1966 Nuclear Fuels Services develops and operates 200 acres of the WNYNSC. It operates the site as a nuclear fuel reprocessing center from 1966 to 1972, and accepts radioactive waste for disposal until 1975. During the operation of the plant, 640 metric tons of spent reactor fuel are processed, resulting in 660,000 gallons of highly radioactive liquid waste. The liquid waste is stored in an underground waste tank. NFS also utilizes a 15-acre area for the disposal of radioactive waste from commercial waste generators, and another seven-acre landfill is used to dispose of radioactive waste generated from reprocessing.

1976 Following four years of pursuing modifications to the plant, NFS decides the costs and regulatory requirements of reprocessing make the venture impractical. The company decides to exercise its right to leave the site after its lease expires on December 31, 1980, transferring ownership and responsibility for the waste and facility to the state of New York. The state initiates talks with the Federal Energy Research and Development Administration to sort out ownership of the waste and environmental remediation responsibility.

1980 Congress passes the West Valley Demonstration Project Act, Public Law 96-368, directing the U.S. Department of Energy (DOE) to take the lead role in solidifying the liquid high-level waste and decontaminating and decommissioning the facilities at West Valley.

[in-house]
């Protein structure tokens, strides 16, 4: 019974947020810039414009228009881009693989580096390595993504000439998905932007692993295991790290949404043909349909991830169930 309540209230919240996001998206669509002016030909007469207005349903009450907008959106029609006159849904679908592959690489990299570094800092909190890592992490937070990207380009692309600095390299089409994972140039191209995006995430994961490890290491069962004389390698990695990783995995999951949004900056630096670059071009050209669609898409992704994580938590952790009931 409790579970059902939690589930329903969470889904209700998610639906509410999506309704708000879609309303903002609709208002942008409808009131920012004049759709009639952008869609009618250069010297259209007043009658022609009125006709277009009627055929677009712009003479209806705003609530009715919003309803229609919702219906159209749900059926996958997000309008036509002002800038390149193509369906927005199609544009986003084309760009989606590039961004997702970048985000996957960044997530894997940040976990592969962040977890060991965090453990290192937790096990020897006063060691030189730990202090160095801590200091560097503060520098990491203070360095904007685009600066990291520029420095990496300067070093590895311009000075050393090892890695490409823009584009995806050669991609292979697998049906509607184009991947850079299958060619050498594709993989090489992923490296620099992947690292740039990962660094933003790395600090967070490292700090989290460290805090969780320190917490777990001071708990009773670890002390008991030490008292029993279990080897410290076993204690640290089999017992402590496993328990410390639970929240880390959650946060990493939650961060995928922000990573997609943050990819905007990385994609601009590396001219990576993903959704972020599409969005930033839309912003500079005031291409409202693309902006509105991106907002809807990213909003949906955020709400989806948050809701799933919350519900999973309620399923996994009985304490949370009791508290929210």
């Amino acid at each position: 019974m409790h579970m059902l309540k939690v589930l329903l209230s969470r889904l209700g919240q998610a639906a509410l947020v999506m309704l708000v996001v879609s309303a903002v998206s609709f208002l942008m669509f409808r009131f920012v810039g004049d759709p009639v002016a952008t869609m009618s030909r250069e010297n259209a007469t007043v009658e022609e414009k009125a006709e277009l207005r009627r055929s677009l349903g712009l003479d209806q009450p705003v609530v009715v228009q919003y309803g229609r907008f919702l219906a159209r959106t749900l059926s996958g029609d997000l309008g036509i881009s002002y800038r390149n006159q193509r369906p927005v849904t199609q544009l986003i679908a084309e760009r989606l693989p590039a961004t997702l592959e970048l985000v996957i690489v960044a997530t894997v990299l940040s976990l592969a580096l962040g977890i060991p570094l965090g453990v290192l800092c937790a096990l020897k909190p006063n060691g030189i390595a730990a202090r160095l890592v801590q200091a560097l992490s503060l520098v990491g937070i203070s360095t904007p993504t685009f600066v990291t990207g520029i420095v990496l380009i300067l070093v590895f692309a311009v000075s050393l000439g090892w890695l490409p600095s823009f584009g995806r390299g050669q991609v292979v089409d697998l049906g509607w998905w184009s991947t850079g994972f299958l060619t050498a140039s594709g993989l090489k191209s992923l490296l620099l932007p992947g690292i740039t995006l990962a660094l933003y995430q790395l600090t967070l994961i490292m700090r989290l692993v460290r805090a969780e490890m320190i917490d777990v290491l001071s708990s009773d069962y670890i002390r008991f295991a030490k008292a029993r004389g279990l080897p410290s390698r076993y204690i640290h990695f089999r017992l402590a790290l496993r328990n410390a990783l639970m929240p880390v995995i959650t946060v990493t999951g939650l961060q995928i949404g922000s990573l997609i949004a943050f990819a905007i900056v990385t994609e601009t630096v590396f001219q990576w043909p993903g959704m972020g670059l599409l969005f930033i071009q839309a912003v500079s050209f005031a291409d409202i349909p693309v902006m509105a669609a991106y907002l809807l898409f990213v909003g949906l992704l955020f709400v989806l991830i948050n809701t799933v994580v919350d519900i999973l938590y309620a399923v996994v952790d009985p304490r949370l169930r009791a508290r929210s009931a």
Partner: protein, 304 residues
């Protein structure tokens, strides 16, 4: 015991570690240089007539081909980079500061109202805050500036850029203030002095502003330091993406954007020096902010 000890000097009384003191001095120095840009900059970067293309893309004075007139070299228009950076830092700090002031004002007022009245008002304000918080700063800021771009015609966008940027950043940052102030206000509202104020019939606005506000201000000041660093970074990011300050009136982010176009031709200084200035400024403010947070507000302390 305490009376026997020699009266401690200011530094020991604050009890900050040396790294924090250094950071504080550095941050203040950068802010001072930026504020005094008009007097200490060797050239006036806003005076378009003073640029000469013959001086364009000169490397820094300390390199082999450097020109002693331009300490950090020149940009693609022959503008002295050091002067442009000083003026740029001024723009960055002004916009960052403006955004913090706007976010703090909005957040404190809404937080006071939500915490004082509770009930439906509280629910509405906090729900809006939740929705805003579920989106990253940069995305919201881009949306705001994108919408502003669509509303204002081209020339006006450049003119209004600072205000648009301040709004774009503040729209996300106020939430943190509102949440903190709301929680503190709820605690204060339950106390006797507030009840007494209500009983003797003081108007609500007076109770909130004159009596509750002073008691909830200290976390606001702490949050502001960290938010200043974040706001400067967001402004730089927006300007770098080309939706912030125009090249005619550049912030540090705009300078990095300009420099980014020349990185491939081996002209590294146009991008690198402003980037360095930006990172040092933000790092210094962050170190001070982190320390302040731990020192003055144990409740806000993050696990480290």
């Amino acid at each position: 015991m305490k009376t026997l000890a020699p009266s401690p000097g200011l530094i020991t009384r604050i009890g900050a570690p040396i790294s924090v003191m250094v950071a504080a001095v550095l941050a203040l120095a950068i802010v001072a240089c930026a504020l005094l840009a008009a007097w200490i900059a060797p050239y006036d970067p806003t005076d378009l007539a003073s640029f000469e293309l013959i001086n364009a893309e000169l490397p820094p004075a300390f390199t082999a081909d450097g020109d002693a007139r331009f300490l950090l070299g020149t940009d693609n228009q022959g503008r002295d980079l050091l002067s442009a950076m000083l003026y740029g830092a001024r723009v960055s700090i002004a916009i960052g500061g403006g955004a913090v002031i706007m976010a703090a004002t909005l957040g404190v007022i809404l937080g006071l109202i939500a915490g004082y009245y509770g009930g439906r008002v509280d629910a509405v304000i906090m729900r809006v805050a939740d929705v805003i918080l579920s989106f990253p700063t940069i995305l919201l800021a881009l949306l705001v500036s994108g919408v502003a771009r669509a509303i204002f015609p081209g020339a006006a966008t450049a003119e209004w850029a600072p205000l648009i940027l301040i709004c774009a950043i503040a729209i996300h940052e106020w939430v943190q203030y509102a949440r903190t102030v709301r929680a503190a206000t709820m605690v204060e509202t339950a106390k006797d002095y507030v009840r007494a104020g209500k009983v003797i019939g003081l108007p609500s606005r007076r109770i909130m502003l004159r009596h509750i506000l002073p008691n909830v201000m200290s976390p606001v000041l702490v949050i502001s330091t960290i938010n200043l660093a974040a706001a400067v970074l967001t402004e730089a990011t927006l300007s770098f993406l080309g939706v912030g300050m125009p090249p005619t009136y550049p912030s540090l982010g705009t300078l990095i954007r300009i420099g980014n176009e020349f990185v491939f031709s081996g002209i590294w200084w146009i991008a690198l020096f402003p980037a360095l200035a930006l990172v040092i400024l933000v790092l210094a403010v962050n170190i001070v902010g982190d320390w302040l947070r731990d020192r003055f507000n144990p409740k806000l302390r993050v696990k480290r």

8 files, last one added on Mar 22, 2009
Album viewed 480 times

Worcester Polytechnic Institute



Research and Test Reactors

0 files
Album viewed 6 times

Yankee Rowe


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The plant was permanently shut down on October 1, 1991. The DECON decommissioning plan was approved in February 1995 and the plant is undergoing dismantlement. The steam generators were shipped to the Barnwell, North Carolina low level waste facility in November 1993. The reactor vessel was shipped in April 1997 to Barnwell. The owner has removed all of the primary systems, secondary side components, and switch yard equipment from the site. The plant is about 80 percent dismantled. The containment and other major structures remain. The owner has completed construction of an onsite independent spent fuel storage installation (ISFSI). A license termination plan (LTP) was submitted in May 1997, and a public meeting was held to discuss the LTP in January 1998. A public hearing was requested on the LTP but was canceled after the owner withdrew the plan in May 1999 to consider the MARSSIM approach. The licensee intends to resubmit the LTP in 2003. The owner has completed transferring fuel from the spent fuel pool into transportable dry storage systems at an on-site interim storage facility.